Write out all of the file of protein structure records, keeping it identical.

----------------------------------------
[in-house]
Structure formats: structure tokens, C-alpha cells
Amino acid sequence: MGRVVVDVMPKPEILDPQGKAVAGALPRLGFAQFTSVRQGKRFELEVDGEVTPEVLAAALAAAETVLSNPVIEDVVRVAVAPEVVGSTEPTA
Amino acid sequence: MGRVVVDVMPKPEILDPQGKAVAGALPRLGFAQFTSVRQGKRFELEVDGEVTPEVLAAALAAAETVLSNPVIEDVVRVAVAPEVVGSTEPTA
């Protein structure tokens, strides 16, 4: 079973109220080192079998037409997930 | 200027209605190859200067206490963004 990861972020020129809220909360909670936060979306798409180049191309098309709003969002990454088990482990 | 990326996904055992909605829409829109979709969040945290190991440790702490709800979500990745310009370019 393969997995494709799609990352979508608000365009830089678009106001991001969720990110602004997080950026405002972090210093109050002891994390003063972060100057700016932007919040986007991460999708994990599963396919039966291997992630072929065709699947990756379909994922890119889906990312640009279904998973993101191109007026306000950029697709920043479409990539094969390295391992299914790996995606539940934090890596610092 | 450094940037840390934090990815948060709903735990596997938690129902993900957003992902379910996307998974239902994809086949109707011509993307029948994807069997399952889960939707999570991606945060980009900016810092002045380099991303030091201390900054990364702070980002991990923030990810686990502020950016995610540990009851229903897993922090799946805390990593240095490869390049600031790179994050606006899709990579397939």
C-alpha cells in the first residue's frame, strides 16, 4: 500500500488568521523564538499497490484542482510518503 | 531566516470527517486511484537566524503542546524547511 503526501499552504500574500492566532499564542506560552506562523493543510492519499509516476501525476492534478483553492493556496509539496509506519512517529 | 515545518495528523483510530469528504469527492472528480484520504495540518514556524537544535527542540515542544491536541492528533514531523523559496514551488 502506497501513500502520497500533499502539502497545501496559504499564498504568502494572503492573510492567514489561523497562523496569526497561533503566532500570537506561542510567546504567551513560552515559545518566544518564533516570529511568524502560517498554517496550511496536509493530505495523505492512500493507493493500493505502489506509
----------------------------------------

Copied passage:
[in-house]
Structure formats: structure tokens, C-alpha cells
Amino acid sequence: MGRVVVDVMPKPEILDPQGKAVAGALPRLGFAQFTSVRQGKRFELEVDGEVTPEVLAAALAAAETVLSNPVIEDVVRVAVAPEVVGSTEPTA
Amino acid sequence: MGRVVVDVMPKPEILDPQGKAVAGALPRLGFAQFTSVRQGKRFELEVDGEVTPEVLAAALAAAETVLSNPVIEDVVRVAVAPEVVGSTEPTA
């Protein structure tokens, strides 16, 4: 079973109220080192079998037409997930 | 200027209605190859200067206490963004 990861972020020129809220909360909670936060979306798409180049191309098309709003969002990454088990482990 | 990326996904055992909605829409829109979709969040945290190991440790702490709800979500990745310009370019 393969997995494709799609990352979508608000365009830089678009106001991001969720990110602004997080950026405002972090210093109050002891994390003063972060100057700016932007919040986007991460999708994990599963396919039966291997992630072929065709699947990756379909994922890119889906990312640009279904998973993101191109007026306000950029697709920043479409990539094969390295391992299914790996995606539940934090890596610092 | 450094940037840390934090990815948060709903735990596997938690129902993900957003992902379910996307998974239902994809086949109707011509993307029948994807069997399952889960939707999570991606945060980009900016810092002045380099991303030091201390900054990364702070980002991990923030990810686990502020950016995610540990009851229903897993922090799946805390990593240095490869390049600031790179994050606006899709990579397939």
C-alpha cells in the first residue's frame, strides 16, 4: 500500500488568521523564538499497490484542482510518503 | 531566516470527517486511484537566524503542546524547511 503526501499552504500574500492566532499564542506560552506562523493543510492519499509516476501525476492534478483553492493556496509539496509506519512517529 | 515545518495528523483510530469528504469527492472528480484520504495540518514556524537544535527542540515542544491536541492528533514531523523559496514551488 502506497501513500502520497500533499502539502497545501496559504499564498504568502494572503492573510492567514489561523497562523496569526497561533503566532500570537506561542510567546504567551513560552515559545518566544518564533516570529511568524502560517498554517496550511496536509493530505495523505492512500493507493493500493505502489506509